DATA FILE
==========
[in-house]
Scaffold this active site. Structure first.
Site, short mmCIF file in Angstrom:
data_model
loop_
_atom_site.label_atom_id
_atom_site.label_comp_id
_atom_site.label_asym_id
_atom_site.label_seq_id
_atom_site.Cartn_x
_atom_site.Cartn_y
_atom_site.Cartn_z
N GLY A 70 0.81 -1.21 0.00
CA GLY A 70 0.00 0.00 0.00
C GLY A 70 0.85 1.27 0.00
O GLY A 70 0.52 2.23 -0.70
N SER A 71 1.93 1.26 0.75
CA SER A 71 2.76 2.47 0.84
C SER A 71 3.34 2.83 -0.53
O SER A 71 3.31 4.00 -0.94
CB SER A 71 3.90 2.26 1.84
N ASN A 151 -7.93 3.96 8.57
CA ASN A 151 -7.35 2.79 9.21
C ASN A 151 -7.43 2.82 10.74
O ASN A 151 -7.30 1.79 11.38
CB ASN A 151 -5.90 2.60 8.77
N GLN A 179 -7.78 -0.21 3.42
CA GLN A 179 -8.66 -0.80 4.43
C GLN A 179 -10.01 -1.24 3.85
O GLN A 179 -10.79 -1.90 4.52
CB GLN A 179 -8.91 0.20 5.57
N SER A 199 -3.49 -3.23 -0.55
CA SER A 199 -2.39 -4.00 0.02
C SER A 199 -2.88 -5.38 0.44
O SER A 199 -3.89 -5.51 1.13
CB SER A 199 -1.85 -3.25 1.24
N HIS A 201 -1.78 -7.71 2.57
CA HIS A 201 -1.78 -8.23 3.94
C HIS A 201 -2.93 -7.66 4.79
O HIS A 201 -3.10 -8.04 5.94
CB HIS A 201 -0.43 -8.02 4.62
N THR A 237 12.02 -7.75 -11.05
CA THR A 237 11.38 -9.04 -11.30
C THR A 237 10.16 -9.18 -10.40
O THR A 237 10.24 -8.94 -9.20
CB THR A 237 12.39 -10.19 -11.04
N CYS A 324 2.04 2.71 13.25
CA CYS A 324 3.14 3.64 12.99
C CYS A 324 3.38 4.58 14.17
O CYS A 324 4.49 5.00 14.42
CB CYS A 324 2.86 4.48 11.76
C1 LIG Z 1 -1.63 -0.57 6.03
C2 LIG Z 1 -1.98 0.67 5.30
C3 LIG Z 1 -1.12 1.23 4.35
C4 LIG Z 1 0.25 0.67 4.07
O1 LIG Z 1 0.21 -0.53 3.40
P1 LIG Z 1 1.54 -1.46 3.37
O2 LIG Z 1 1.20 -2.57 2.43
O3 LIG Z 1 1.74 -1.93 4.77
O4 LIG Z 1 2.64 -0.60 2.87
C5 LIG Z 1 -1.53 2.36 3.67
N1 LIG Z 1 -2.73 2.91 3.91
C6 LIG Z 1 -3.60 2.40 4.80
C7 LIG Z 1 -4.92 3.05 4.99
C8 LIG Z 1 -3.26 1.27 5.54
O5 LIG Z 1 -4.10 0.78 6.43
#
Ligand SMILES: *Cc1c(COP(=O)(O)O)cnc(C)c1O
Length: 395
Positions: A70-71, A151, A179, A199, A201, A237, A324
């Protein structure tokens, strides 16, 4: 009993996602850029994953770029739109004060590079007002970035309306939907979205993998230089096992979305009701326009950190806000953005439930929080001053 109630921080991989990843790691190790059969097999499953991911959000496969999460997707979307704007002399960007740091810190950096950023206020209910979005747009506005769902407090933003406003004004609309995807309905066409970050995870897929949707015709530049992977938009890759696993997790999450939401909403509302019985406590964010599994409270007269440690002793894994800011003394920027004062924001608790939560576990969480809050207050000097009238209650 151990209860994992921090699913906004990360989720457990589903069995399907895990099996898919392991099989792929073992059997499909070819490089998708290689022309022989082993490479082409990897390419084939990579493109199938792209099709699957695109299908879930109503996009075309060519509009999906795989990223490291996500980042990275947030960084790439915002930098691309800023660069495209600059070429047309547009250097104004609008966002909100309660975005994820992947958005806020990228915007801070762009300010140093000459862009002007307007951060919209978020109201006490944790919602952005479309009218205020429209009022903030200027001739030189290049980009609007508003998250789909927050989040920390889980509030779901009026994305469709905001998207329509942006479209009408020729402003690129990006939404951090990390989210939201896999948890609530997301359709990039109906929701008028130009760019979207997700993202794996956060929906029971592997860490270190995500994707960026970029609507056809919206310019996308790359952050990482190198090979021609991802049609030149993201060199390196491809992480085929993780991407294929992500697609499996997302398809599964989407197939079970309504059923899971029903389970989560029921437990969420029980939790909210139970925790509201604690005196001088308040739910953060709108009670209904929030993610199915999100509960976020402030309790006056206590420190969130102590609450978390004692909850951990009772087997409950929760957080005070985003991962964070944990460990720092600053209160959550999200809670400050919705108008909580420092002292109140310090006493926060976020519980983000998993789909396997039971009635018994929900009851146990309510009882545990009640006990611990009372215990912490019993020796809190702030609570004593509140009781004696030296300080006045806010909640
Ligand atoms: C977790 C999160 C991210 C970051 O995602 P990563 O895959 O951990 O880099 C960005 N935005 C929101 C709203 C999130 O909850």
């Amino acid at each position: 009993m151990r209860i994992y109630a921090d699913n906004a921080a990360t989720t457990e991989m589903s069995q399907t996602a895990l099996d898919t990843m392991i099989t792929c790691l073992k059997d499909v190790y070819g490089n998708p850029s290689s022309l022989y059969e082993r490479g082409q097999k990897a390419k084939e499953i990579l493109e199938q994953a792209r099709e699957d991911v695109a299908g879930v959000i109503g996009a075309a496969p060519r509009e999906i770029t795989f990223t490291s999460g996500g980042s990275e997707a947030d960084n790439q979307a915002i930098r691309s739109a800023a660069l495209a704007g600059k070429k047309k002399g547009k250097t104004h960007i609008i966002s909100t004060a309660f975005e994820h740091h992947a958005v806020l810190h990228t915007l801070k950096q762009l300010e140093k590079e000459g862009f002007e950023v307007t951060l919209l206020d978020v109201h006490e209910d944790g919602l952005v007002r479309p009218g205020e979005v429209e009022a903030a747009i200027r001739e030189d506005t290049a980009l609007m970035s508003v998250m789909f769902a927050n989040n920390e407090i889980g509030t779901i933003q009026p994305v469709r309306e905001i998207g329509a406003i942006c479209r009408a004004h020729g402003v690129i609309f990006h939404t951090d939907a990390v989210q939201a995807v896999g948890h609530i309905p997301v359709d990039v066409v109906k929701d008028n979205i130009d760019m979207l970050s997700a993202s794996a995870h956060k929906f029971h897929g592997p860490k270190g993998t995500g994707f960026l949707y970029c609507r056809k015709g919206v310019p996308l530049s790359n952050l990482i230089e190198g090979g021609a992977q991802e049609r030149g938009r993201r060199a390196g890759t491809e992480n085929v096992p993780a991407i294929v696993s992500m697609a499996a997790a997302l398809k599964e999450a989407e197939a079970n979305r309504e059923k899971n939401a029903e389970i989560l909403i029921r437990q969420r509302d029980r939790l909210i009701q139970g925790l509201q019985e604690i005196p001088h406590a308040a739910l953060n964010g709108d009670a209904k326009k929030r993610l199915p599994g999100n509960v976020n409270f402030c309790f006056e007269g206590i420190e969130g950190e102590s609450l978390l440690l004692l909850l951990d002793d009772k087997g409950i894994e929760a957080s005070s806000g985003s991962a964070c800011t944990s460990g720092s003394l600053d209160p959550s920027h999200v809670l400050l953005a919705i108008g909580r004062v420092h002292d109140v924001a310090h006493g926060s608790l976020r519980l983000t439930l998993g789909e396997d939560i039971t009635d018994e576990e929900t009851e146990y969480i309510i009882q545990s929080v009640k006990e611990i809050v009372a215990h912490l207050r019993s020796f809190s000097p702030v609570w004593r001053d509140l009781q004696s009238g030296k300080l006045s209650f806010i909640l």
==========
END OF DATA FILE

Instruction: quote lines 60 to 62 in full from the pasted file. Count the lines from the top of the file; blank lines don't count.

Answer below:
O4 LIG Z 1 2.64 -0.60 2.87
C5 LIG Z 1 -1.53 2.36 3.67
N1 LIG Z 1 -2.73 2.91 3.91